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Post sanctions era Swiss-Iran trade slowly takes off

Swiss Economics Minister Johann Schneider-Ammann undertook a three-day visit to Iran in 2016 with an economic and scientific delegation

(Keystone)

A new trade agreement between Switzerland and Iran appears to be slowly bearing fruit. Exports to Iran grew this year. But despite the lifting of sanctions, Swiss banks still do not do business with the Middle East state.

During the first seven months of 2017, exports to Iran grew by 24.7% to CHF249.9 million ($256.2 million), compared to the same period a year ago. This follows a trade agreementexternal link between the two countries that came into force in mid-March; it had been frozen since 2005.

“The positive trend for the export of goods - apart from precious metals - continued this year," Fabian Maienfisch, spokesman for the State Secretariat for Economic Affairs (SECOexternal link), told the audience at the fourth Europe-Iran Forumexternal link, which is being held over two days in Zurich.

Last year total exports (excluding precious metals) to Iran grew by 11.1%, compared to 2015, to CHF496.1 million.

In January 2016, Switzerland lifted some of its economic sanctions against Iran in keeping with the United Nations and European Union. The remaining restrictions are based on UN and EU measures to limit the arms trade and other equipment that could be used to repress society.

Since then, there has been no longer a requirement to notify and authorise transfers of money to and from Iranian citizens or organisations.

Obstacle

The new agreement aims to strengthen the protection of intellectual property and to improve the legal framework for economic trade. It should also reduce potential discrimination of Swiss businesses. The creation of a joint economic commission is also planned.

Despite improved export conditions, money transfers to and from Iran remain a major obstacle. Swiss banks are still loathe to risk potentially massive fines by engaging with Iran.

"As the United States still maintains numerous sanctions, financial institutions still do not feel comfortable enough to get involved in transactions with Iran again," explained UBSexternal link spokesman Fabio Sonderer.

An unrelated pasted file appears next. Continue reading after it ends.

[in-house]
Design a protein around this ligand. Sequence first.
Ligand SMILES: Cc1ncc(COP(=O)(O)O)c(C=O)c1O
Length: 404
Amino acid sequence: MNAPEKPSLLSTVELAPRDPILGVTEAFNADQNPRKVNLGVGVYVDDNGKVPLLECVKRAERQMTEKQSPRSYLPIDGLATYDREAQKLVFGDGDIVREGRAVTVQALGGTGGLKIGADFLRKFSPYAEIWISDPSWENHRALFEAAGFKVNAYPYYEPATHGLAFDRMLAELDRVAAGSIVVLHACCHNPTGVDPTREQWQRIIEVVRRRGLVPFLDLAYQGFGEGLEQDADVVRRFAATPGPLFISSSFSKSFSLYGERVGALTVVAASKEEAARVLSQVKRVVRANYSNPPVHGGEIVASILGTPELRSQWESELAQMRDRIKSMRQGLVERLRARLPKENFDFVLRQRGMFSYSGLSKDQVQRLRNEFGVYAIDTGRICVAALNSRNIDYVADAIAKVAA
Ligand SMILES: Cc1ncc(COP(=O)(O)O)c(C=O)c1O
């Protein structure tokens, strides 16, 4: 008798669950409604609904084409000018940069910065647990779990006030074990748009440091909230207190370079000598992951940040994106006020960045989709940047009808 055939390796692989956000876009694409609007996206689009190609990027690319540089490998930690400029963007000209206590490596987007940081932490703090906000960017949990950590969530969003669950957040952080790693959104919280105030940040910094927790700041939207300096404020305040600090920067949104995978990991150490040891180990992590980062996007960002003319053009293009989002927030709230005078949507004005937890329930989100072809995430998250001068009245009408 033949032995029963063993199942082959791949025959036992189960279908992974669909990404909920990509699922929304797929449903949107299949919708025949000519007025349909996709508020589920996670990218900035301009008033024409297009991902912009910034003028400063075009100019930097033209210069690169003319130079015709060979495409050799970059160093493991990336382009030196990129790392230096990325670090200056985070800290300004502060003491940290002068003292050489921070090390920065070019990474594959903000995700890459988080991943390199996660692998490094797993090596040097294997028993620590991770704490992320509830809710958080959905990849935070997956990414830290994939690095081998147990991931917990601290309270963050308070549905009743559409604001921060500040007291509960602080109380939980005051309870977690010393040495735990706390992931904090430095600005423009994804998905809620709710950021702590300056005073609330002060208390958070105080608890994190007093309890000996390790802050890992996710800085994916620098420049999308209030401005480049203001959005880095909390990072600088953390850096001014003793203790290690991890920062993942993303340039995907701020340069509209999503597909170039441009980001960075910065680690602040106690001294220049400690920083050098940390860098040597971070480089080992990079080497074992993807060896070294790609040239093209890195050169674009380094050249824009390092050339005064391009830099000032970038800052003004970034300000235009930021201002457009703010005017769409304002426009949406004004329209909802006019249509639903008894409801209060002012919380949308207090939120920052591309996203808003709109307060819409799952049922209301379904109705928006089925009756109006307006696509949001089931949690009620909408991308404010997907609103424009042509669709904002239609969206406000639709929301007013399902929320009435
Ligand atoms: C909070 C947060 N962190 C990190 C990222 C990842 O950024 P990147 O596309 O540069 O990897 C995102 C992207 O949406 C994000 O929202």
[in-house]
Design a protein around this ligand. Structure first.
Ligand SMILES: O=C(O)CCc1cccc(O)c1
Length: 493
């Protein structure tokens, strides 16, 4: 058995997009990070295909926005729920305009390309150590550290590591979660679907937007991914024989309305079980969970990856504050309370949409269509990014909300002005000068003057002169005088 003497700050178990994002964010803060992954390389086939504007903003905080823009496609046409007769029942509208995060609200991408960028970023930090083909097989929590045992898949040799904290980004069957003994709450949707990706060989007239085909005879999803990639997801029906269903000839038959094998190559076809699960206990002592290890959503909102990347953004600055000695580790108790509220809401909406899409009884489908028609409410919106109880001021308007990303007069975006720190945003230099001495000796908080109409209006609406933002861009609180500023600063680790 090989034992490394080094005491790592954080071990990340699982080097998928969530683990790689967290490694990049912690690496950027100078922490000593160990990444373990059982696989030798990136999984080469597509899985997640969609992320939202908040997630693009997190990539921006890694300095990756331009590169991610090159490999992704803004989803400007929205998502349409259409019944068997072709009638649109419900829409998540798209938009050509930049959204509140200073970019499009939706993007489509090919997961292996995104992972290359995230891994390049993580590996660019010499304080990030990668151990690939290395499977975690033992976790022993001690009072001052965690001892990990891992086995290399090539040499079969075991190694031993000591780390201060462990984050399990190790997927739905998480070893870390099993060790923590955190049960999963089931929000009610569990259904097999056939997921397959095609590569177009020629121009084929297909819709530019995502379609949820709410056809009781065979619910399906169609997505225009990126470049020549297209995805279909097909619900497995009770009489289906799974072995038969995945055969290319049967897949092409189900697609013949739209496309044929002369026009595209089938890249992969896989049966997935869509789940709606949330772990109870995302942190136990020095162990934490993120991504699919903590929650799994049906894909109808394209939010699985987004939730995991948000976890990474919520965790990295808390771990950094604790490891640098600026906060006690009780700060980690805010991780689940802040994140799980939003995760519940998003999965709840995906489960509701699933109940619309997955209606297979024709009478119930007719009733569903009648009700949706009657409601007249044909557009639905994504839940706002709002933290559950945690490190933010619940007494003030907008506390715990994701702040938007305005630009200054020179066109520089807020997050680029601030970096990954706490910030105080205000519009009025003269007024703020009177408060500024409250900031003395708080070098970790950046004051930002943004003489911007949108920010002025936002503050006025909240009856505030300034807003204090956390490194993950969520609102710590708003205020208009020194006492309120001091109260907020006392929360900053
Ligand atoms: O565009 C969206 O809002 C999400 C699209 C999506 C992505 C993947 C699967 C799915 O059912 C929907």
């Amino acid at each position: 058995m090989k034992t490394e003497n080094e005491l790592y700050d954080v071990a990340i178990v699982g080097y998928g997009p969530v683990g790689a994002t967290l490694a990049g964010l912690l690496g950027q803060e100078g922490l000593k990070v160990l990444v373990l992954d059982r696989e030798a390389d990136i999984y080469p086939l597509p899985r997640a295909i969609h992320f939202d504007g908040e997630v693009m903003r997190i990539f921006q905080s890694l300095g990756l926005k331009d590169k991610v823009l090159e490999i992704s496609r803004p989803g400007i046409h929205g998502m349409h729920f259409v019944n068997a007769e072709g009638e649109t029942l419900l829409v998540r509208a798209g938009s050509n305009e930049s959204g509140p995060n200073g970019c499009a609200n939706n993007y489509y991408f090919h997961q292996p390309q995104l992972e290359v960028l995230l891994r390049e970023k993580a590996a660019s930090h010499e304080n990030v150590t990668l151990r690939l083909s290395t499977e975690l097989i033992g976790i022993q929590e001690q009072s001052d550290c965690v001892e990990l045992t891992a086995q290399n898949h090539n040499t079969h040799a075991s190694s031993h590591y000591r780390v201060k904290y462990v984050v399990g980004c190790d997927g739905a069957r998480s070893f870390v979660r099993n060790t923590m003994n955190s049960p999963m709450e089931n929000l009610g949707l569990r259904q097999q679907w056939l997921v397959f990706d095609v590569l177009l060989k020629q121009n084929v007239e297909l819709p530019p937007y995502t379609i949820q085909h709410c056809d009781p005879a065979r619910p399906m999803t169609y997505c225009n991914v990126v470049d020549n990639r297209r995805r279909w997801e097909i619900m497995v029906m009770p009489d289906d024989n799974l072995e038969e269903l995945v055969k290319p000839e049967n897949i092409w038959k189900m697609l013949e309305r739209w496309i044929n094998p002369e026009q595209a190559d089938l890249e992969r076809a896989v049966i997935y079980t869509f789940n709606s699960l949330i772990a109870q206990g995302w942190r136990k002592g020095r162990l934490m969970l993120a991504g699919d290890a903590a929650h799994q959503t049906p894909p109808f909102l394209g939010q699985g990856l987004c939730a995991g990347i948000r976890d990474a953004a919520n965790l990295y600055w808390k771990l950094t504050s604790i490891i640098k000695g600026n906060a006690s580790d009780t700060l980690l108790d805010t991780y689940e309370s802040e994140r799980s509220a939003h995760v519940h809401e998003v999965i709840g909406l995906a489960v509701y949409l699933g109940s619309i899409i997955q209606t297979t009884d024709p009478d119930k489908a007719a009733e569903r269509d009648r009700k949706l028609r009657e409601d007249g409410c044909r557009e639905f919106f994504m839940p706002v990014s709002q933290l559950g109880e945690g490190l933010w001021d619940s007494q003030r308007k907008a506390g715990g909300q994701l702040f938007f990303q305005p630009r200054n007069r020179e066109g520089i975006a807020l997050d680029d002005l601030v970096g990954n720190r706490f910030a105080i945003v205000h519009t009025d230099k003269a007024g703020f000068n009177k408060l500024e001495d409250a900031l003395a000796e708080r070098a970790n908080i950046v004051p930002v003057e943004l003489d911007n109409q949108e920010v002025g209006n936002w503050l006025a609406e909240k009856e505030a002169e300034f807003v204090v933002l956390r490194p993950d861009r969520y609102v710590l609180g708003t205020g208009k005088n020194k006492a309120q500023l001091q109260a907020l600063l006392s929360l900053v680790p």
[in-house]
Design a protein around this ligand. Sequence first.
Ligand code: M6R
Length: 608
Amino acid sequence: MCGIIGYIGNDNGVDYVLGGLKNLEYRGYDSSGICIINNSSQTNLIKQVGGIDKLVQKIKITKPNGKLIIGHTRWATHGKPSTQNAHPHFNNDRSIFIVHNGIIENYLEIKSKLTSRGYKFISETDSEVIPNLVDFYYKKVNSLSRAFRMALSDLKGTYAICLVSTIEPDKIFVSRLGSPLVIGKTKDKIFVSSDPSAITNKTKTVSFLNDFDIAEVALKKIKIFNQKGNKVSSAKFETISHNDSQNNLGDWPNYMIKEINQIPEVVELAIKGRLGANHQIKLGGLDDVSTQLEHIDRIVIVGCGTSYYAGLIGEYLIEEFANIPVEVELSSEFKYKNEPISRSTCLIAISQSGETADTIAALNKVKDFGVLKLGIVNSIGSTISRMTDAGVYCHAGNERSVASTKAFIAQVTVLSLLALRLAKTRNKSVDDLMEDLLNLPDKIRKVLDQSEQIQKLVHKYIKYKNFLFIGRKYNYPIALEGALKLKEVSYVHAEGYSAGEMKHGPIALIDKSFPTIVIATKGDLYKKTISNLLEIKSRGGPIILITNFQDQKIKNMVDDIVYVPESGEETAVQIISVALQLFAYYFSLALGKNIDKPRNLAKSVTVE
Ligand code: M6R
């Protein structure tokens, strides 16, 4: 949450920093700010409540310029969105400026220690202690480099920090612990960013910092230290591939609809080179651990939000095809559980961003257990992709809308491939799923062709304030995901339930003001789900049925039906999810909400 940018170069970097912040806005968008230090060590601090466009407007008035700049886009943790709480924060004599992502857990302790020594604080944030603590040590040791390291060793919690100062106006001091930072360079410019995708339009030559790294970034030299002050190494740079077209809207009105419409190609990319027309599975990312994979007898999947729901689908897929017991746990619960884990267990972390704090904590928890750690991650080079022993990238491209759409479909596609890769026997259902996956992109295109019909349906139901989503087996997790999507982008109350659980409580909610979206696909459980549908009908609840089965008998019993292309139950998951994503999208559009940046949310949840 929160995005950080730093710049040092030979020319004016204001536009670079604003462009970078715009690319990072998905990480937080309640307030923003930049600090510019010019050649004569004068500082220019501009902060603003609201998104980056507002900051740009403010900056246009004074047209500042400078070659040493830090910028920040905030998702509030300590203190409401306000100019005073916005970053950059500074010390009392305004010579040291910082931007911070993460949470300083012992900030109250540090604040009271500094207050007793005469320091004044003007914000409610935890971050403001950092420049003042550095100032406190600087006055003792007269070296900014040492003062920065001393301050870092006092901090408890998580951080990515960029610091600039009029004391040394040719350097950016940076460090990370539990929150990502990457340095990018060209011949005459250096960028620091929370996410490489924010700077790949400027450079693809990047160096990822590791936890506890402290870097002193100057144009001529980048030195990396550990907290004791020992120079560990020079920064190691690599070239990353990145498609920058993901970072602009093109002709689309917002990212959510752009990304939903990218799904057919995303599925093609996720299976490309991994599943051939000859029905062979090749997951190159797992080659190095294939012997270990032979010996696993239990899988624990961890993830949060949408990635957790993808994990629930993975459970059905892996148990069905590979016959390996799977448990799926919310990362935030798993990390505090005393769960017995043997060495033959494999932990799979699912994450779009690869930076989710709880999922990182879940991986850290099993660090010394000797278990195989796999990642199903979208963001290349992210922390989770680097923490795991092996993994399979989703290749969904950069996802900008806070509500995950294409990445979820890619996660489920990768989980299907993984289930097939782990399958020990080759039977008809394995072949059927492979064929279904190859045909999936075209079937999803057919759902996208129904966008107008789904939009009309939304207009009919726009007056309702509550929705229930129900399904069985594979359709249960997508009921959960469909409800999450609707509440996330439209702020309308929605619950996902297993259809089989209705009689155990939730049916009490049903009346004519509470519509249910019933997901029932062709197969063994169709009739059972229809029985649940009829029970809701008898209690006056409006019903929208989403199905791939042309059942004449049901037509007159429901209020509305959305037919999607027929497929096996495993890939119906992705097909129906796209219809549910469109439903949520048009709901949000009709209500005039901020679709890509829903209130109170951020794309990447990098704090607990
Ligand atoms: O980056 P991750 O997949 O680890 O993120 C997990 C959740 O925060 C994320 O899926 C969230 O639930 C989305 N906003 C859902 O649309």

Credit Suisseexternal link echoed this position. “Although the international community has lifted some of the sanctions against Iran, other sanctions that affect our international activities remain in place," said spokesman Tobias Plangg.

The Zurich Cantonal Bankexternal link (ZKB) believes talk of a business recovery is premature, says the banks’ Marilena Baiatu.

US position

SECO acknowledges that the banks’ current stance makes it difficult for Swiss companies to establish business relations with Iran.

To better understand the sanctions still in force and thus improve legal security, SECO has organised several information meetings, to which the US Office of Foreign Assets Control (OFACexternal link) was also invited. However, OFAC’s position regarding Swiss banks is unclear. Maienfisch said OFAC simply "took note of the Swiss objections".

US President Donald Trump is considering whether to withdraw from the 2015 nuclear deal on curbing Iran’s nuclear program, made between Iran and six major powers.

If Trump does not recertify on October 15 that Iran is in compliance with the agreement, the American Congress would have 60 days to decide whether to reimpose sanctions on Tehran suspended under the accord.

Ambassadors to the United States from Britain, France, Germany and the European Union have all strongly backed the nuclear agreement with Iran as long as Tehran continues to comply with the pact.

swissinfo.ch and agencies/sb

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